Main points then?
• Be aware of the provenance of what you are eating.
• Don’t overfill your fuel tank or try and run your body on too little or inferior food – aim for balance.
• Cook from scratch whenever you can.
• Choose to eat with friends and family rather than alone.
• ALWAYS, ALWAYS eat for pleasure.

• Chew Slowly
One of the key places we hold tension is in the jaw, hence why so many people grind their teeth at night and why the phrase “to grit your teeth” is commonplace! So concentrate on your food and chew slowly, focusing on what you are doing and the flavours in your food, rather than galloping through your meal quickly, while your attention is elsewhere (such as on the television or computer screen!). Relax your jaw once a day by doing the following exercise, taken from the marvellous Eva Fraser’s Facial Workout book:

1. Sit or stand with a straight spine. Tilt your head up and back slightly. Now jut out your chin.
2. In this position, keeping your head still, open your mouth wide by lowering your jaw. Now grin widely.
3. Bring your back teeth together gently. Now – still grinning – lower and raise your jaw 10 times.
4. Relax and breathe.

NB Don’t gnash your teeth, or tense your eyes or forehead.

• Drink And Be Merry
No, not alcohol because much as we all love it, that’s like drinking liquid butter when it comes to gaining weight, as well dehydrating you, making you feel depressed after the initial rush, and putting your liver under strain, which causes you to sleep fitfully, and so lowers your immune system. So the upshot of drinking lots? You look rougher and older, and get more colds, you feel down in the dumps more often, find it difficult to concentrate as well as you should, and you gain weight…sigh. So basically it’s best to keep alcohol as a pleasurable treat, rather than a main food group (binge drinking is the worst, by the way), and so generally choose to drink:
• Water – dehydration makes us feel rubbish and tired and look older.
Tea – contains anti oxidents thought to guard against cancer. If you add milk, you’ll gain extra bonus of calcium, but sugar makes you more stressed (it gives you a blood sugar rush) so avoid it.
Soya milk – contains isoflavones that are mildly oestrogenic; use it in smoothies and froth for chocolate and lattes if you can’t face it straight.
• Real hot chocolate – chocolate contains chemicals that improve your mood and energy.
Smoothies – get your 5-a-day, extra hydration, and all those lovely vitamins in an easy-to-swallow format. Bonus.

• Rest Your Eyes
Working on a computer, a key part of the 21st century work life for many families, can easily lead to eye strain. This is because we can get so engrossed in what we are doing that we forget to look away, or to blink, both of which are detrimental for our eyes. Twenty minutes is the maximum you should focus on one spot, such as a computer screen, without looking away and letting your eyes refocus to give them a break. Also remind yourself to blink, and generally humidify the air by placing a small saucer of water near or on your radiator or having a vase of flowers or damp-loving plants (and spray them daily) on your desk. Also check your light levels and sources. Too much contrast around your screen can mean your eyes are constantly having to readjust. And then have lovely things to look at…a beautiful picture of the seaside, or of your children, a lovely view of the garden, or a pretty vase of flowers. Whatever it is, make sure you relax your eyes and look at it OFTEN.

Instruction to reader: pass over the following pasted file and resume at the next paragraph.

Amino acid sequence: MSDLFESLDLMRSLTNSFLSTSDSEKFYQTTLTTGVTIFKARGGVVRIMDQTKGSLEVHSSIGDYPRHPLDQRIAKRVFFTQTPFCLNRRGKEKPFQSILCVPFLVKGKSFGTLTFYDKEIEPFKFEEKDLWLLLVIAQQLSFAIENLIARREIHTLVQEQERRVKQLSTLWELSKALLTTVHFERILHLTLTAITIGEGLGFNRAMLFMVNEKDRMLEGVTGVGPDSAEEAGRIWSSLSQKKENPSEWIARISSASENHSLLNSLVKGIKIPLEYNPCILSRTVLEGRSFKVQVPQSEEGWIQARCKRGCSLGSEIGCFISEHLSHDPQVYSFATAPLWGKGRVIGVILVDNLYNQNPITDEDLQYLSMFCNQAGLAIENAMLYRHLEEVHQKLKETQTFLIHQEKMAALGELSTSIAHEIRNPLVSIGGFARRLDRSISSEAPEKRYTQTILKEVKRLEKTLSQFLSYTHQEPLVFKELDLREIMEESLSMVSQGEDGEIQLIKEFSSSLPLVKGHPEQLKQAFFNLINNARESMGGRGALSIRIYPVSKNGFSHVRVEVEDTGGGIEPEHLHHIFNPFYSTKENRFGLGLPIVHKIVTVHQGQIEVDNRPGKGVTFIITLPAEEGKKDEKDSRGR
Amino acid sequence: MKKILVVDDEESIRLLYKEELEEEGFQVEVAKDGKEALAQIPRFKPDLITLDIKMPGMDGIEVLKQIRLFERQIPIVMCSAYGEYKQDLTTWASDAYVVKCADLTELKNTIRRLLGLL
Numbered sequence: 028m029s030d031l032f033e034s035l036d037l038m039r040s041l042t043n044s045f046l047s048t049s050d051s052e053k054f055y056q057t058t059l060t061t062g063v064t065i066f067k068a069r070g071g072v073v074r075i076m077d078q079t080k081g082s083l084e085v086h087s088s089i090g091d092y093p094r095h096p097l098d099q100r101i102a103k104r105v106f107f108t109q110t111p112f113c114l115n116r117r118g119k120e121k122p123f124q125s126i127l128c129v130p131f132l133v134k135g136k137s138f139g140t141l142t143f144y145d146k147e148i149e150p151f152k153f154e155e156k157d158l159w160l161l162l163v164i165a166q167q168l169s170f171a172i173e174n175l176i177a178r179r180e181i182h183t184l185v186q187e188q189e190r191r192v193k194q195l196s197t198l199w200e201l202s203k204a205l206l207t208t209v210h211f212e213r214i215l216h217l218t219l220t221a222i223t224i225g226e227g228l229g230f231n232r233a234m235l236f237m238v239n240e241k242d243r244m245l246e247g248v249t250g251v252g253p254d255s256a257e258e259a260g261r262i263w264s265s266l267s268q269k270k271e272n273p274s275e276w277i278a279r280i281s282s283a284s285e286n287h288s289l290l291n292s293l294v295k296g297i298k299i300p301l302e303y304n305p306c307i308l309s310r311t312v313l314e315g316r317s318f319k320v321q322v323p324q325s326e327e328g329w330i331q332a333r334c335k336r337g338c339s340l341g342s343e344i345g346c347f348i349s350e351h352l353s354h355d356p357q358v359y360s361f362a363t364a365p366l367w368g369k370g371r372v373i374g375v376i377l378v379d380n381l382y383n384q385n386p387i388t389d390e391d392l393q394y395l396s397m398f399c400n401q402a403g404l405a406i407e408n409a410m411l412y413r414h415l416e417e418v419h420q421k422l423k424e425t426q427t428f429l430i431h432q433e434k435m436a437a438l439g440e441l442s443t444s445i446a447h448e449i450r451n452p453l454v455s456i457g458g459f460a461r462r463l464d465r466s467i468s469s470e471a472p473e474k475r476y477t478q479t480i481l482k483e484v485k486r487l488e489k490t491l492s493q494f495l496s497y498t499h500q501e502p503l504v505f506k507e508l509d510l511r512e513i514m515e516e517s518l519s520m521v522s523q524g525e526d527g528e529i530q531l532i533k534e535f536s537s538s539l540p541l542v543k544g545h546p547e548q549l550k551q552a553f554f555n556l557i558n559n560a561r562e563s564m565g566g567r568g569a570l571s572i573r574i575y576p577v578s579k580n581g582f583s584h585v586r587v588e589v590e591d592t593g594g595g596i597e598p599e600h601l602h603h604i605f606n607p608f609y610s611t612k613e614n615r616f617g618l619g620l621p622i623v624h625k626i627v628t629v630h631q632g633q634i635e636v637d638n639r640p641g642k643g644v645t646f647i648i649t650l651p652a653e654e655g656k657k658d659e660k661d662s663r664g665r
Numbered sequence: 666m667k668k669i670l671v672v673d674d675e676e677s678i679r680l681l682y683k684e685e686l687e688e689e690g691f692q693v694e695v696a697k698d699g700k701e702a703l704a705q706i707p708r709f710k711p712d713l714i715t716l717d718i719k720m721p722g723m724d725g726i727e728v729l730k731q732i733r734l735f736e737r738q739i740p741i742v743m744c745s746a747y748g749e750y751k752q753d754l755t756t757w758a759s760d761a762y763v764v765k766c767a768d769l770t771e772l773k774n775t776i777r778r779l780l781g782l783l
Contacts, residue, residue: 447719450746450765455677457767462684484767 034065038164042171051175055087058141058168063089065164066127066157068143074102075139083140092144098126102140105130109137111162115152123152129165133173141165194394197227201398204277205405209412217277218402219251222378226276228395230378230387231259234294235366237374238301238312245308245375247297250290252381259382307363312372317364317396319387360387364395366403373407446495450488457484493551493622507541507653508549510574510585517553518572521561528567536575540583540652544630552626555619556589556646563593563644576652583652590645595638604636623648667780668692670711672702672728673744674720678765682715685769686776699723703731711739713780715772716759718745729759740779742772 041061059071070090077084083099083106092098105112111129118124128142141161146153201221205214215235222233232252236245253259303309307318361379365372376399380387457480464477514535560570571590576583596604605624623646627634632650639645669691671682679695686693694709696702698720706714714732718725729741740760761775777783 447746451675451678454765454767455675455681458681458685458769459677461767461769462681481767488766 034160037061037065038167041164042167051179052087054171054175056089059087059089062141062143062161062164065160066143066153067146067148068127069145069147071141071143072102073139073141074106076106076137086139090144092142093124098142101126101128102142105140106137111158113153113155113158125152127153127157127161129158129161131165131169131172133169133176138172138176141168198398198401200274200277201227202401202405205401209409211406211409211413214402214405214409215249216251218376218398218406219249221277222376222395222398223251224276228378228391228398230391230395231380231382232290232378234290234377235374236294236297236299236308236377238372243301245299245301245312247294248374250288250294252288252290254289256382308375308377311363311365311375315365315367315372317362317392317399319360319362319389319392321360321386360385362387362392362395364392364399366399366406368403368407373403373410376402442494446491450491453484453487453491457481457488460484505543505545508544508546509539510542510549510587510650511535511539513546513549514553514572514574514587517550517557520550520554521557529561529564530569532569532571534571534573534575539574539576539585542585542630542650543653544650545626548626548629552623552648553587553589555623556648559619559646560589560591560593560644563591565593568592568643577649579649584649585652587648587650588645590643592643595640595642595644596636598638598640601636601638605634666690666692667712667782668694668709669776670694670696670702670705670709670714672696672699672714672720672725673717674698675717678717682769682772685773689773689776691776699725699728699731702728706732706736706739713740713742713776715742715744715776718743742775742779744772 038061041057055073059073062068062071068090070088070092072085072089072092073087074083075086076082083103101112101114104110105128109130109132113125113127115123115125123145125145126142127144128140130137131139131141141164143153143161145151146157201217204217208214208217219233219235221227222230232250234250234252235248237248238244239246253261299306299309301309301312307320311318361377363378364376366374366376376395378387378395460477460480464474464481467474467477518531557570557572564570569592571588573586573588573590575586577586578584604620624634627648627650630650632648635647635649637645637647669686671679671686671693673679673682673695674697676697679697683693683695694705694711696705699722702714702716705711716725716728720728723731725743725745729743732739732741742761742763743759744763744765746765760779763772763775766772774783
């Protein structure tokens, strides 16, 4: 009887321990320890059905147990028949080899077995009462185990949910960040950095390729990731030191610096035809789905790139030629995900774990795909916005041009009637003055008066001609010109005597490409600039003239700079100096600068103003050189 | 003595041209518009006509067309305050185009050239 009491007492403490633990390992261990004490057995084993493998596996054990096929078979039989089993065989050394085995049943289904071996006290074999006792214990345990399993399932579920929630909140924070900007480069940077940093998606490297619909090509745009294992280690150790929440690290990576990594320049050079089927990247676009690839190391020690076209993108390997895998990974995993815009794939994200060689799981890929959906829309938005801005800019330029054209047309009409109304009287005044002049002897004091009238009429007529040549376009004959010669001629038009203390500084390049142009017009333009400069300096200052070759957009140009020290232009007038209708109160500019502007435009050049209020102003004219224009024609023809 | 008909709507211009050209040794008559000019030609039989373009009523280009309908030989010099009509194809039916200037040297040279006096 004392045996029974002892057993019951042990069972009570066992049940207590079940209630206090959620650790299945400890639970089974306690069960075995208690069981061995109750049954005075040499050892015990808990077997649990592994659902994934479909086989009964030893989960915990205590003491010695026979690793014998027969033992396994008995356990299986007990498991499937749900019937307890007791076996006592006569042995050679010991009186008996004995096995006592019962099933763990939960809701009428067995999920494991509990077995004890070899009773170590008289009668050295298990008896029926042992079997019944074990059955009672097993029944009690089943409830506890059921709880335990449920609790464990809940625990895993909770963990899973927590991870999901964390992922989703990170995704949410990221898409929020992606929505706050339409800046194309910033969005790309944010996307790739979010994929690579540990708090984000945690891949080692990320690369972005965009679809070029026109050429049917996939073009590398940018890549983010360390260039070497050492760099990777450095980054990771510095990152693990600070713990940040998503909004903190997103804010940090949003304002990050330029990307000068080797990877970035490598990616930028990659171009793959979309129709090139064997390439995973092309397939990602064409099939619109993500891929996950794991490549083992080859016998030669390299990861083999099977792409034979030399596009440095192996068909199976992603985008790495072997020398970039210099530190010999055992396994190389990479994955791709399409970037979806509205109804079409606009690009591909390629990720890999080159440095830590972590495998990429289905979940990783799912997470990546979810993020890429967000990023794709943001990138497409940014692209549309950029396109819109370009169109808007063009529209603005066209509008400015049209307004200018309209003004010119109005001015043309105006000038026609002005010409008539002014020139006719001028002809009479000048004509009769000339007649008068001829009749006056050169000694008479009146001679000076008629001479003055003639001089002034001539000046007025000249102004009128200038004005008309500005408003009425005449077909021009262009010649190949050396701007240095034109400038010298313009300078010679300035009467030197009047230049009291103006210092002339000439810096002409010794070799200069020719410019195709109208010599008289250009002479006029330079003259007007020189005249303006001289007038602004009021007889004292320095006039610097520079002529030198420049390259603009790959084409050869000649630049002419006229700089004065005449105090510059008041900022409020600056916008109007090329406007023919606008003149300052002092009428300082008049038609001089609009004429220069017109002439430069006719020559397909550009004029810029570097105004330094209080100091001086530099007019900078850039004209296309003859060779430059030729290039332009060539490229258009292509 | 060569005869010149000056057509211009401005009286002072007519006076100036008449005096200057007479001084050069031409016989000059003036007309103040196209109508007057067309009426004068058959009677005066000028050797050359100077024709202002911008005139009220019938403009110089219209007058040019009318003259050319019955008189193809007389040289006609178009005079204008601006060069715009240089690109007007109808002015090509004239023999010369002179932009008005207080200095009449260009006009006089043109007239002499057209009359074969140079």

• Indulge Your Sense of Touch
Often neglected and yet utterly fundamental, our sense of touch is essential to ground ourselves. It also release wellbeing chemicals and hormones and has been shown in studies to facilitate physical and psychological functioning, particularly in terms of reducing stress, relieving pain, increasing the ability to cope, and general health ratings.
So what are you waiting for?

• Get a furry blanket or cushion and stroke it when you have a coffee break, answer the phone, or sit down to do some research.
• Stroke the cat. Or dog. Or guinea pig. Or rat. Snakes and lizards probably don’t count.
• Hug your child, parents, partner, and friends. Often.
• Stroke your face by running your fingertips over your temples, eyes, ears and scalp.
• Get an Indian Head Massage regularly, or buy a copper head massager and do it yourself.

© Claire Burdett. Please only reproduce this article with permission, in its entirety and with a hyperlink to www.claireburdett.com. Thank you.

First published on www.funkyangel.co.uk, the ultimate lifestyle website for WAHM and Home Businesses.